Dan Ariely avec Upside of Irrationality
Behavioral economist and New York Times bestselling author of Predictably Irrational Dan Ariely returns to offer a much-needed take on the irrational decisions that influence our dating lives, our workplace experiences, and our temptation to cheat in any and all areas.
Praise for Predictably Irrational:
'For anyone interested in marketing – either as a practioner or victim – this is unmissable reading. If only more researchers could write like this, the world would be a better place.' Financial Times
From the Back Cover
How can large bonuses sometimes make CEOs less productive?
Why is revenge so important to us?
How can confusing directions actually help us?
Why is there a difference between what we think will make us happy and what really makes us happy?
In his groundbreaking book, Predictably Irrational, social scientist Dan Ariely revealed the multiple biases that lead us to make unwise decisions. Now, in The Upside of Irrationality, he exposes the surprising negative and positive effects irrationality can have on our lives. Focusing on our behaviors at work and in relationships, he offers new insights and eye-opening truths about what really motivates us on the job, how one unwise action can become a long-term bad habit, how we learn to love the ones we're with, and more. The Upside of Irrationality will change the way we see ourselves at work and at home--and cast our irrational behaviors in a more nuanced light.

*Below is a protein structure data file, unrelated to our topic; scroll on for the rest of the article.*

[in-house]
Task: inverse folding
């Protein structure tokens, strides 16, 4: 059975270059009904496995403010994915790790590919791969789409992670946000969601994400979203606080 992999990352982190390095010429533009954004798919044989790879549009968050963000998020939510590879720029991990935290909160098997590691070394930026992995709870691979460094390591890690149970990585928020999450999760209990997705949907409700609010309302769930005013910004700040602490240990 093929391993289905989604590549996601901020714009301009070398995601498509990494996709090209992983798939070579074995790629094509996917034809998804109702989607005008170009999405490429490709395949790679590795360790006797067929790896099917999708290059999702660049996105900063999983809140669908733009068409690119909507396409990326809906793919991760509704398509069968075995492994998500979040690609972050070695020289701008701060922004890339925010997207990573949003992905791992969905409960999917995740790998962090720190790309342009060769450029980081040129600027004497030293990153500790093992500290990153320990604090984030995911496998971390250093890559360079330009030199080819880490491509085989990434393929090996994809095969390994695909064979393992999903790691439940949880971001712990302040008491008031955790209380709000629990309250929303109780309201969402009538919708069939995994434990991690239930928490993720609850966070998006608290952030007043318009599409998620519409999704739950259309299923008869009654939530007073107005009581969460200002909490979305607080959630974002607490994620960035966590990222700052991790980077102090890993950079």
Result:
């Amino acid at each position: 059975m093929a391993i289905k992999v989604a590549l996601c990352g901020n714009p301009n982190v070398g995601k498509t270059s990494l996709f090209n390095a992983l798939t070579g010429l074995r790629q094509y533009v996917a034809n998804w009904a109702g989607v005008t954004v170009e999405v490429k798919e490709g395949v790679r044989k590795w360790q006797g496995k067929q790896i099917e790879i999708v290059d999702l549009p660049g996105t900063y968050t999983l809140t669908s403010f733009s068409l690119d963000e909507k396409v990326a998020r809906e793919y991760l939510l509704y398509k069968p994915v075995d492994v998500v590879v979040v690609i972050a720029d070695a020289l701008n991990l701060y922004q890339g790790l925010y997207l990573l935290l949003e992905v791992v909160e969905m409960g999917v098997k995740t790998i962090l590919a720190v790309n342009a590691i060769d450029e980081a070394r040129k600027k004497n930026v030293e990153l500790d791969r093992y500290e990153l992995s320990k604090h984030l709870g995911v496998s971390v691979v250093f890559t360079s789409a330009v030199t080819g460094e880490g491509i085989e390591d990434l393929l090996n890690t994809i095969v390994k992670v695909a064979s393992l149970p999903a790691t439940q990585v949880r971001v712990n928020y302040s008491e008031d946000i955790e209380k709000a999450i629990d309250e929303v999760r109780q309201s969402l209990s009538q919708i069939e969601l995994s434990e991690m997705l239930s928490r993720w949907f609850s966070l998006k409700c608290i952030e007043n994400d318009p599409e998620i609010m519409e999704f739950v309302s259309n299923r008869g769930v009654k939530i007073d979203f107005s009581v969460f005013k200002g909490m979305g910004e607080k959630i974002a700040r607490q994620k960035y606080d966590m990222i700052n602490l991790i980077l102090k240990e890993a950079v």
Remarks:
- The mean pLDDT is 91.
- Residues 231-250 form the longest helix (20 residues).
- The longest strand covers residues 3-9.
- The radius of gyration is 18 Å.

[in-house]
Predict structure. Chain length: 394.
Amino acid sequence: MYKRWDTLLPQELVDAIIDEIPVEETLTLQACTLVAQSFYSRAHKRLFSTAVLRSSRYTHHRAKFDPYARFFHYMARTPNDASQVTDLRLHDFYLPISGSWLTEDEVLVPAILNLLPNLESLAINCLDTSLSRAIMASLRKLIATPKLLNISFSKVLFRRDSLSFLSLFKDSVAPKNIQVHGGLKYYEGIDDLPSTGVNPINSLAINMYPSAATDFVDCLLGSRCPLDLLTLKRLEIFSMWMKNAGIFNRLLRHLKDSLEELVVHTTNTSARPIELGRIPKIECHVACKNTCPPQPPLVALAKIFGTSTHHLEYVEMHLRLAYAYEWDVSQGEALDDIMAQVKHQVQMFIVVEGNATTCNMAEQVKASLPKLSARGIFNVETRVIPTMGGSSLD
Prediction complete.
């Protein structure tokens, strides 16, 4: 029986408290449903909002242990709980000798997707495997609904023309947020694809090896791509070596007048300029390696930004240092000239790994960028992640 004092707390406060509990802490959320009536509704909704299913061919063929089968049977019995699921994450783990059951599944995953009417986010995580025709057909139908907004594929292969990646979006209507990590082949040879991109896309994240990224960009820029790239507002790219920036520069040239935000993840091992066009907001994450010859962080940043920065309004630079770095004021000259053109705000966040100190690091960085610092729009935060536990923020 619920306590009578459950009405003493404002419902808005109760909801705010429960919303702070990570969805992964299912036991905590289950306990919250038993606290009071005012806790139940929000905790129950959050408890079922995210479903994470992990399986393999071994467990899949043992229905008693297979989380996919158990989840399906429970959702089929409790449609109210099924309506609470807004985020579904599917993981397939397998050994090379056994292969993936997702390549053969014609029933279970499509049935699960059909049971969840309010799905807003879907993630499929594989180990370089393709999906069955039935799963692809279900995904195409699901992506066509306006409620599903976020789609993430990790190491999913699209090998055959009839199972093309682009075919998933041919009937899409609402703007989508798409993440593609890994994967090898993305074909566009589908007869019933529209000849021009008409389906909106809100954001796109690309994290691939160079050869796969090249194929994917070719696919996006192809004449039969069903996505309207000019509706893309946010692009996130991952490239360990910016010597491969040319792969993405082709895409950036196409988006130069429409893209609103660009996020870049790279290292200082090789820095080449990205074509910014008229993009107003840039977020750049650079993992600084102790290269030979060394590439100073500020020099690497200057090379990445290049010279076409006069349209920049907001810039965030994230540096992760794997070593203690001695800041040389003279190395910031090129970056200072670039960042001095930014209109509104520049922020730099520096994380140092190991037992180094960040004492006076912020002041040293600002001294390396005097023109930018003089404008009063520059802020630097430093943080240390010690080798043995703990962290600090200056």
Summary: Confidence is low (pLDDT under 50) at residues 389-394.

Dan Ariely is the James B. Duke Professor of Behavioral Economics at Duke University and the New York Times bestselling author of Predictably Irrational. Over the years, he has won numerous scientific awards and his work has been featured in leading scholarly journals in psychology, economics, neuroscience, medicine and business and in a variety of popular media outlets, including the New York Times, the Wall Street Journal, the Washington Post, the New Yorker, the Boston Globe, Scientific American and Science. He has appeared on CNN and CNBC and is a regular commentator on National Public Radio. He currently lives in Durham, North Carolina with his wife and two children.